My main question is “Why would Ackman need to enjoin Valeant in the scheme?” What gives me pause is Ackman started building a sizeable position only after knowing Valeant was on board with his play. Pershing Square had billions in assets under management (“AUM”). Ackman could have purchased a stake and used his public relations machine to get the word out about how the “smart money” was invested in AGN, and how undervalued it was. That sounds like activism at its finest.
I have read practically every book about Wall Street that matters. I am aware of investors buying enough shares of a company to threaten a takeover with the hopes the target would buy them out at a higher price to make them go away. This is known as “greenmail” and it was a very popular tactic during the 1980s leverage buyout craze. If all Ackman wanted was greenmail then why would he need to enjoin Valeant? He simply could have took a sizeable stake and raised enough capital to make a run at Allergan on his own. This all begs another question, “If the trading scheme is not activism or greenmail then what is it?”
The case could hinge on the buying group’s original intentions. Did Ackman and Valeant contemplate a merger or tender offer? Apparently, trading on inside information is allowed if a merger is contemplated, but illegal if a tender offer is being planned. Per Bloomberg, the plaintiffs claim Valeant’s intentions were to make a hostile bid all along:
The judge seems to be siding with the Allergan shareholders on the question of whether Ackman and Valeant took “substantial steps” toward a tender offer, a necessary condition for illegal insider trading, before Ackman started quietly acquiring Allergan shares in late February 2014.
Likewise, the judge in his tentative decision appeared to agree with the shareholders that Ackman wasn’t a co-offeror in the Allergan bid and as such exempt from prohibitions against insider trading.
Ackman might have convinced Clearly Gottlieb he and Valeant had no plans for a tender offer, but can they convince a jury?
The Play For Investors
The lawsuit amounts to $2 billion, which is close to Ackman’s gain on his AGN stake. If Ackman and Valeant simply had to reimburse the plaintiffs it could cost Pershing Square $1.7 billion and Valeant $300 million – the split represents the 15% of trading gains Ackman shared with Valeant. Per Institutional Investor the hedge fund had over $18 billion in AUM in 2015. After redemptions and losses the fund now has about $9.5 billion in AUM. Ackman might have to liquidate certain of his holdings to fund potential pay outs until the lawsuit.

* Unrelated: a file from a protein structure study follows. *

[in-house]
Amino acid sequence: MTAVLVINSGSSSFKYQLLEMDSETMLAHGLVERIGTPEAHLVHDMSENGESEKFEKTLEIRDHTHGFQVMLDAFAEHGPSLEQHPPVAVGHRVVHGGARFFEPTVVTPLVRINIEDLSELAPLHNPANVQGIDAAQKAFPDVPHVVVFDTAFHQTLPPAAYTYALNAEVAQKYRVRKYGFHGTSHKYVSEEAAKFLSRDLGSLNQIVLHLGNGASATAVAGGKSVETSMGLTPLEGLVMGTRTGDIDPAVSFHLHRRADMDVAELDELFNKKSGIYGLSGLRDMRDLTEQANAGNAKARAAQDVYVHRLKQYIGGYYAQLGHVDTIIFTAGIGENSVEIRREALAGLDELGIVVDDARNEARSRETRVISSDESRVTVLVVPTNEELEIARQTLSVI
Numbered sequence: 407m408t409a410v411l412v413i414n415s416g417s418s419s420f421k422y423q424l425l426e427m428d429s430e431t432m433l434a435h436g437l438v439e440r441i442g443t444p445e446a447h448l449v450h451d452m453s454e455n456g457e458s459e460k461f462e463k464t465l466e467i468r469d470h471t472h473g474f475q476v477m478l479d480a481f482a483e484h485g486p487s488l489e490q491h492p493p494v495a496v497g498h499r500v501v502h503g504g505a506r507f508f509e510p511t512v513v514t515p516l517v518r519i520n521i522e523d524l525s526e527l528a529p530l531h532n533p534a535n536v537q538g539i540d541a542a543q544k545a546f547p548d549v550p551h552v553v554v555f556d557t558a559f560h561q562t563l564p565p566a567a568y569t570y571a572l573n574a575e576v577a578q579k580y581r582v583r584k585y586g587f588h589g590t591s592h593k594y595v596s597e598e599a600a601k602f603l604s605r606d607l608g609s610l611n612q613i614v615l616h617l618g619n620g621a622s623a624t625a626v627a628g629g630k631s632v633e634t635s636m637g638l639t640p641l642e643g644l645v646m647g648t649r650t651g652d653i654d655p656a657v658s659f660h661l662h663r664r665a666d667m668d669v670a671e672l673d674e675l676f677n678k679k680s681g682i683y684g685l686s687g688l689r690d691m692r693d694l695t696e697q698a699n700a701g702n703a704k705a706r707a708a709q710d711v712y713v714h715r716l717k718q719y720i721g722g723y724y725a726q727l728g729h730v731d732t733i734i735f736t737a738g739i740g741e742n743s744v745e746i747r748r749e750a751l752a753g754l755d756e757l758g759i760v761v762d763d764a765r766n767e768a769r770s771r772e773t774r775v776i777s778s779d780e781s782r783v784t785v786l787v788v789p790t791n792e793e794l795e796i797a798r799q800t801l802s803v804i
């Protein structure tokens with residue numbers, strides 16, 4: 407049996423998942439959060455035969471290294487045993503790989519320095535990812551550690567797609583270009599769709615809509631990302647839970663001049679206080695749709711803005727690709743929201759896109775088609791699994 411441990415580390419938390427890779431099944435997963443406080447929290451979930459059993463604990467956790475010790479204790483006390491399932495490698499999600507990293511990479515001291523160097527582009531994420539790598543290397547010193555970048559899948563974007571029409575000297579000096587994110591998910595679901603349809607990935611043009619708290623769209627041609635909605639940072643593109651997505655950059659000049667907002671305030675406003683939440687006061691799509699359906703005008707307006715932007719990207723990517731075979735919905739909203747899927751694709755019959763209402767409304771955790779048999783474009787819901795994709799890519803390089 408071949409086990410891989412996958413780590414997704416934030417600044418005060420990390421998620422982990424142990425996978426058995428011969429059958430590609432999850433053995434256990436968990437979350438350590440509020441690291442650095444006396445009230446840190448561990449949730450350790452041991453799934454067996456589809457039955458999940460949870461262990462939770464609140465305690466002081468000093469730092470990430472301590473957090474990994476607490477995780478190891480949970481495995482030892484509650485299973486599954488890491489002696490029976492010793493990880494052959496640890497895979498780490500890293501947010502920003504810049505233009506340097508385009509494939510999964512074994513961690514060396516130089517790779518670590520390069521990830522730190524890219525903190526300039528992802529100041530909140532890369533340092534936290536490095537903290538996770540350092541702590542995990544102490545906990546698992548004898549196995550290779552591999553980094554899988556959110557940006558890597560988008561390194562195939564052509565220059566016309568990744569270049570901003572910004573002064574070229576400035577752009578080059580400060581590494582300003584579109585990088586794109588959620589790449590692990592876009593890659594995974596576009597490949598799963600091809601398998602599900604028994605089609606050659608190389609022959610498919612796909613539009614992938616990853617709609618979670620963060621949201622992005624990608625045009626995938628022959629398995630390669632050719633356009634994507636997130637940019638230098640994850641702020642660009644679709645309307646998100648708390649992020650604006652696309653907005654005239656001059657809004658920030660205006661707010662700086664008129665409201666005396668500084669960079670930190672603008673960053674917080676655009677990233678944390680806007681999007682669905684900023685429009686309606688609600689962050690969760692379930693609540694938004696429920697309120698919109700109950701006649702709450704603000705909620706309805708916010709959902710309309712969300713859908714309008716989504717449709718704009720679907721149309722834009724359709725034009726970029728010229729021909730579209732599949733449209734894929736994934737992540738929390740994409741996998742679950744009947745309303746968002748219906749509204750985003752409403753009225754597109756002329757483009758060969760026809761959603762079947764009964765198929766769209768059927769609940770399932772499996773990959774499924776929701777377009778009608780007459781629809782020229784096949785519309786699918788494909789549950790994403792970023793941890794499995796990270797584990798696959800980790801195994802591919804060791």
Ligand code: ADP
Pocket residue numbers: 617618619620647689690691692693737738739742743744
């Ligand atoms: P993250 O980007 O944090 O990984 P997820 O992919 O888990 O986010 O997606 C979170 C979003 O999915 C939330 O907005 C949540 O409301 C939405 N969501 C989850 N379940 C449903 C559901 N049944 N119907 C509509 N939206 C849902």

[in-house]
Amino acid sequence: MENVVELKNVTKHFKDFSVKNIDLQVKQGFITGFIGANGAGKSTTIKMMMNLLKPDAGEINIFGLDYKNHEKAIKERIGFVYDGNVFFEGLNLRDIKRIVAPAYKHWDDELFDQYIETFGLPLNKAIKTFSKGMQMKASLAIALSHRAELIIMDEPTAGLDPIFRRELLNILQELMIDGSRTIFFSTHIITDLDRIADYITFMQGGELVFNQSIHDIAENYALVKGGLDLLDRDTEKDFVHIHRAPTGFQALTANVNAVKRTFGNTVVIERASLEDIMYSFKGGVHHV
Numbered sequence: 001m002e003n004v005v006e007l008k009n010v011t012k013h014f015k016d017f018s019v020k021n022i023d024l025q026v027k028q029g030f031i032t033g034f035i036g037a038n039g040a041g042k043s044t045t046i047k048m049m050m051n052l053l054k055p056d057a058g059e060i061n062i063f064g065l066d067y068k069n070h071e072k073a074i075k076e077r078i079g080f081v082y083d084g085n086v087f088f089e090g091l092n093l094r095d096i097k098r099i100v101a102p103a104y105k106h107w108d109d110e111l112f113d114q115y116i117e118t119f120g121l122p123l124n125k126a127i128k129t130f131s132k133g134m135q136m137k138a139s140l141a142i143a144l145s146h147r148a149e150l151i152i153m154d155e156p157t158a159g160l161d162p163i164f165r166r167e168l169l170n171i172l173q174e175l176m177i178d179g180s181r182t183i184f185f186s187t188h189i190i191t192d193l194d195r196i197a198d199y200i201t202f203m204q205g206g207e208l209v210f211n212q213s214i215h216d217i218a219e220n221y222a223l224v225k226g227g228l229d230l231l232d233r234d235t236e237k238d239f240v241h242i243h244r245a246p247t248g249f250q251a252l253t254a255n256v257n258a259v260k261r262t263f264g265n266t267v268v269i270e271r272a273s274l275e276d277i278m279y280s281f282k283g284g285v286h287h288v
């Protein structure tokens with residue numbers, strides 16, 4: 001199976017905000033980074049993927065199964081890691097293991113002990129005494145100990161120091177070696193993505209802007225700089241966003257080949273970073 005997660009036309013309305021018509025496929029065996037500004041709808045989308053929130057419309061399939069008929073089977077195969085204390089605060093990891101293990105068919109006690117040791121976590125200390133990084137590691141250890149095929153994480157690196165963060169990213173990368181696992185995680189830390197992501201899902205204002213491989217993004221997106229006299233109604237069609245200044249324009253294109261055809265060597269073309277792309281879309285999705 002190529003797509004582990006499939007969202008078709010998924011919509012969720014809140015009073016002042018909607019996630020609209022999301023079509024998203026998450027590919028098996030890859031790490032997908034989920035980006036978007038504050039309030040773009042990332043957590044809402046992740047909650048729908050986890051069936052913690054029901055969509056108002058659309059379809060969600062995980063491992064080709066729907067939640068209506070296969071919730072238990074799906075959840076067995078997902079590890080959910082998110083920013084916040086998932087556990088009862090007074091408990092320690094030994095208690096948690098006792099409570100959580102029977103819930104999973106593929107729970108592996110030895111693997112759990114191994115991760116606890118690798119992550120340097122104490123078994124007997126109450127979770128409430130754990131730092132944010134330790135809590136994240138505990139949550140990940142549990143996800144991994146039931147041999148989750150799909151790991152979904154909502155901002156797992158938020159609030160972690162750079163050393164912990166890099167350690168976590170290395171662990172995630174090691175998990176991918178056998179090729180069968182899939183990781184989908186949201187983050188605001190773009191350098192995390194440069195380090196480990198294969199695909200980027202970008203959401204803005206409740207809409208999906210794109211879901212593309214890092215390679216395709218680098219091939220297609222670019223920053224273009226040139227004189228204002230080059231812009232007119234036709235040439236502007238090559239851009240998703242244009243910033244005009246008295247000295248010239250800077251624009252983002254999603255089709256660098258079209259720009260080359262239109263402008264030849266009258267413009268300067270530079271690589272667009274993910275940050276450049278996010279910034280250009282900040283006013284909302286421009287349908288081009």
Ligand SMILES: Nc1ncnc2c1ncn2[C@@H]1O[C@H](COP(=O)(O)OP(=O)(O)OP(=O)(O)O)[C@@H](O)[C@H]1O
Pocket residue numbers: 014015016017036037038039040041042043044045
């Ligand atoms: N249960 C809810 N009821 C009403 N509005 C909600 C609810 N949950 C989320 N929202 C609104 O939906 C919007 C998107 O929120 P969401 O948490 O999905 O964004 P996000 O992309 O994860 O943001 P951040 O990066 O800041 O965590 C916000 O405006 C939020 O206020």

Through year-to-date November 14, 2017 the performance of Pershing Square Holdings, Ackman’s publicly-traded hedge fund, was down 4.2% net of fees. This compares negatively to the S&P 500 (SPY) and Dow Jones (DIA) which were up 17.2% and 20.9%, respectively. The following chart highlights the performance of certain of Pershing Square Holdings’s large investments:
Ackman is known for taking large stakes in a few holdings. If he has to liquidate certain holdings to help fund a payout then shares of certain holdings could decline. There could be selling pressure in certain of these stocks once the trial (expected to start next month) comes to a close.
Valeant has $1.9 billion in cash on hand. It could fund its share of the AGN trading gains. Valeant’s ultimate exposure to a legal settlement remains to be seen. A protracted case could tarnish the company’s brand and pressure its stock as investors ponder its ultimate legal exposure.
Reputational risks and potential legal exposures from the AGN insider trading case make VRX and PSHZF a sell.
On Trump And The Global Economy
Trump And The Global Economy Town Hall took place October 24th in Fort Greene. It Featured Professor Lance Brofman, Coconut Rob (Coconut Rob Smoothies), Wuyi Jacobs (AfroBeats Radio) and Ralph Baker, author of Shock Exchange: How Inner-City Kids From Brooklyn Predicted the Great Recession and the Pain Ahead.
The event was well-received by the community. We parsed through President Trump’s proposed tax plan and [i] how it was pure economic folly and [ii] high net worth individuals could potentially game the system by shifting income around. Apparently, Kansas Coach Bill Self did this when the state of Kansas cut taxes in the past. We discussed the pros and cons of technology on workers and the economy. How will the economy and country prosper under Trump’s leadership vis-a-vis Obama? What’s behind the verbal sparring with black athletes, ESPN’s Jemele Hill and North Korea’s Kim Jong Un?